Nepal: Introductory workshop on the risk financing pilot project for wildlife damage compensation

Photo: UNDP Nepal
Photo: UNDP Nepal

In the 2021/22 financial year, 12,672 incidents of human-wildlife conflict were recorded across Nepal, mainly damaging crops and livestock. Despite various preventative measures, including compensation payments from the government, electric fencing and predator-proof stables, the problem persists. In the last five years, damage to crops and livestock by wild animals has increased by 20.4% and 43.1% respectively each year. These escalating trends not only endanger wildlife, but also encourage a hostile attitude towards wildlife conservation.

In view of this urgent problem, BIOFIN Nepal in collaboration with the Ministry of Forests and Environment has developed risk financing solutions for wildlife damage compensation, which are among the 11 priority funding solutions. This initiative is being piloted in selected protected areas, high wildlife conflict areas and biological corridors across Nepal. The aim is to mitigate the cost of crop damage and livestock theft caused by wildlife while promoting coexistence between humans and wildlife.

Introductory workshop on the risk financing pilot project for wildlife damage compensation in Nepal, April 2024

To launch this project, BIOFIN Nepal in collaboration with Ujayalo Nepal, a national service provider, organized an introductory workshop on 26 April 2024. The aim of the workshop was to collect stakeholders' views and concerns regarding the inclusion of wildlife-related losses in the insurance scheme. Fifty participants representing insurance companies, I/NGOs, CBOs and various government departments and ministries attended the workshop chaired by Dr Buddhi Sagar Poudel, Joint Secretary, Ministry of Forests and Environment.

The participants praised the holistic and integrated approach being adopted to develop and test insurance schemes to address the growing challenges in the country. However, they emphasized the importance of leveraging the lessons learnt in Nepal rather than reinventing the wheel. They also emphasized the crucial role of local and provincial governments in the success of the insurance schemes. The participants recommended focusing the pilot project on areas of human-wildlife conflict outside protected areas and suggested reconsidering the selected pilot areas.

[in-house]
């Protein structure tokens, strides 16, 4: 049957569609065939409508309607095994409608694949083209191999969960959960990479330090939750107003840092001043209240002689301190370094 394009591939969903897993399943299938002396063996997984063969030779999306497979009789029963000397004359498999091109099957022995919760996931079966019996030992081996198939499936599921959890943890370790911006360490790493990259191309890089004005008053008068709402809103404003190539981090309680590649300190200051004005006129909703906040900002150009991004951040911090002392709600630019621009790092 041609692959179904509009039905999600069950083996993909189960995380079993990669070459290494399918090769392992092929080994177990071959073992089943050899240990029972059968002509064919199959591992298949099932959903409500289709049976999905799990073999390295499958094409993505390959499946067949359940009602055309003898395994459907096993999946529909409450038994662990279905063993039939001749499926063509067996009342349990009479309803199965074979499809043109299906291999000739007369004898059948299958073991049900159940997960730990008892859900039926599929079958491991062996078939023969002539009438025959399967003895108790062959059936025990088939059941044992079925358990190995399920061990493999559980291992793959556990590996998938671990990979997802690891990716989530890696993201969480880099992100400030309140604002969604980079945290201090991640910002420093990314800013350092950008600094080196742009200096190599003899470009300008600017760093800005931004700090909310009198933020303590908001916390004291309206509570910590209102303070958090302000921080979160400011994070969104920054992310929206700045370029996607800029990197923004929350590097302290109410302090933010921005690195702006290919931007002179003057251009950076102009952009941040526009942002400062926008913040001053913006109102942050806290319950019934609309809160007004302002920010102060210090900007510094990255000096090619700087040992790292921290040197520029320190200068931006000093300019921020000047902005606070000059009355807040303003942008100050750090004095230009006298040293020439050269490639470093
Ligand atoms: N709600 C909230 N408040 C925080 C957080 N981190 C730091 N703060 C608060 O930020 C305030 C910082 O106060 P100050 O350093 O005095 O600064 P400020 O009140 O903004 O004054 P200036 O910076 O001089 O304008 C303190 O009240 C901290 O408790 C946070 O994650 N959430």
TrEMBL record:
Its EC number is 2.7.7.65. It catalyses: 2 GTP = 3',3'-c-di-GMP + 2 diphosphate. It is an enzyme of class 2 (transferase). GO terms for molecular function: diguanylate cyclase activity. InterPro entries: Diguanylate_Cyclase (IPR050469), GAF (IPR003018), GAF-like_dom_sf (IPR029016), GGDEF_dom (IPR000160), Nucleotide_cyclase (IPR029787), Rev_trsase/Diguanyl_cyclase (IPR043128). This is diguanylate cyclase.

Although the insurance company representatives agreed to cooperate, they expressed concerns about the sustainability of previous insurance programmes implemented in a similar context. Despite the initial success, only a few schemes were continued after the project period as the communities were not willing to pay the premiums. Therefore, securing funding for the premiums is crucial for the sustainability of these schemes.

In response to stakeholder feedback, BIOFIN is conducting a feasibility study to identify the most appropriate insurance schemes (private led, community led or a mixed model), estimate insurance premiums using risk methodologies and develop mechanisms to finance the premiums. A technical committee with representatives from the Ministry of Forest and Environment, BIOFIN, insurance companies, Nepal Insurance Authority and Ujyalo Nepal will support this process.

Two insurance companies have already expressed their willingness to cooperate and a local government from the Mohana Laljahdi Biological Corridor in Sudurpaschim province has agreed to contribute to the insurance premiums. The National Insurance Authority has also pledged its support for this initiative.

Dr. Poudel concluded the workshop by reiterating the Ministry's commitment to support pilot insurance programmes to address the conservation challenges in Nepal. He emphasized that human-wildlife conflicts need to be resolved to sustain conservation efforts and that it is important to ensure sustainability from the beginning. The Ministry pledged its full support to make this initiative a success and called on conservation partners and stakeholders to work together.